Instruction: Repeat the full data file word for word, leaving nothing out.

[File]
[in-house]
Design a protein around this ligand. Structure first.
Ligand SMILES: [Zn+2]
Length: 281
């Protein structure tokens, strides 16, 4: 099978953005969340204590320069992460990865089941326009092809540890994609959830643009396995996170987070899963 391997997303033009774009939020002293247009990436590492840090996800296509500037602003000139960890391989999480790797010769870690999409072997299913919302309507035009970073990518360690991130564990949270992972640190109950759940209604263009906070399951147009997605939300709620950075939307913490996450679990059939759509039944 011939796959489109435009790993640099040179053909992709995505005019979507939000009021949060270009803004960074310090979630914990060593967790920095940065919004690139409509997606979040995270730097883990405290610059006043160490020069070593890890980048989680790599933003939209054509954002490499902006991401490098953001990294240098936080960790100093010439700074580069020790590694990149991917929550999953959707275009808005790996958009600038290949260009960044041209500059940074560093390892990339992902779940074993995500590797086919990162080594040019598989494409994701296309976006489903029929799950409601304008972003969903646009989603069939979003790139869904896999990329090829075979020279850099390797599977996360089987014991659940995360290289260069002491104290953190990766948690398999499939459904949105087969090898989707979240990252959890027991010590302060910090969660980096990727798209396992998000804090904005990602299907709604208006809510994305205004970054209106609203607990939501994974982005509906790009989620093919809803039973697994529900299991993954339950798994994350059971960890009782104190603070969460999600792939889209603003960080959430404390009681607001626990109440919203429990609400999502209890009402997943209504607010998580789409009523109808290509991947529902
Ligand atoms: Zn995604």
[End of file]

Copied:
[in-house]
Design a protein around this ligand. Structure first.
Ligand SMILES: [Zn+2]
Length: 281
């Protein structure tokens, strides 16, 4: 099978953005969340204590320069992460990865089941326009092809540890994609959830643009396995996170987070899963 391997997303033009774009939020002293247009990436590492840090996800296509500037602003000139960890391989999480790797010769870690999409072997299913919302309507035009970073990518360690991130564990949270992972640190109950759940209604263009906070399951147009997605939300709620950075939307913490996450679990059939759509039944 011939796959489109435009790993640099040179053909992709995505005019979507939000009021949060270009803004960074310090979630914990060593967790920095940065919004690139409509997606979040995270730097883990405290610059006043160490020069070593890890980048989680790599933003939209054509954002490499902006991401490098953001990294240098936080960790100093010439700074580069020790590694990149991917929550999953959707275009808005790996958009600038290949260009960044041209500059940074560093390892990339992902779940074993995500590797086919990162080594040019598989494409994701296309976006489903029929799950409601304008972003969903646009989603069939979003790139869904896999990329090829075979020279850099390797599977996360089987014991659940995360290289260069002491104290953190990766948690398999499939459904949105087969090898989707979240990252959890027991010590302060910090969660980096990727798209396992998000804090904005990602299907709604208006809510994305205004970054209106609203607990939501994974982005509906790009989620093919809803039973697994529900299991993954339950798994994350059971960890009782104190603070969460999600792939889209603003960080959430404390009681607001626990109440919203429990609400999502209890009402997943209504607010998580789409009523109808290509991947529902
Ligand atoms: Zn995604």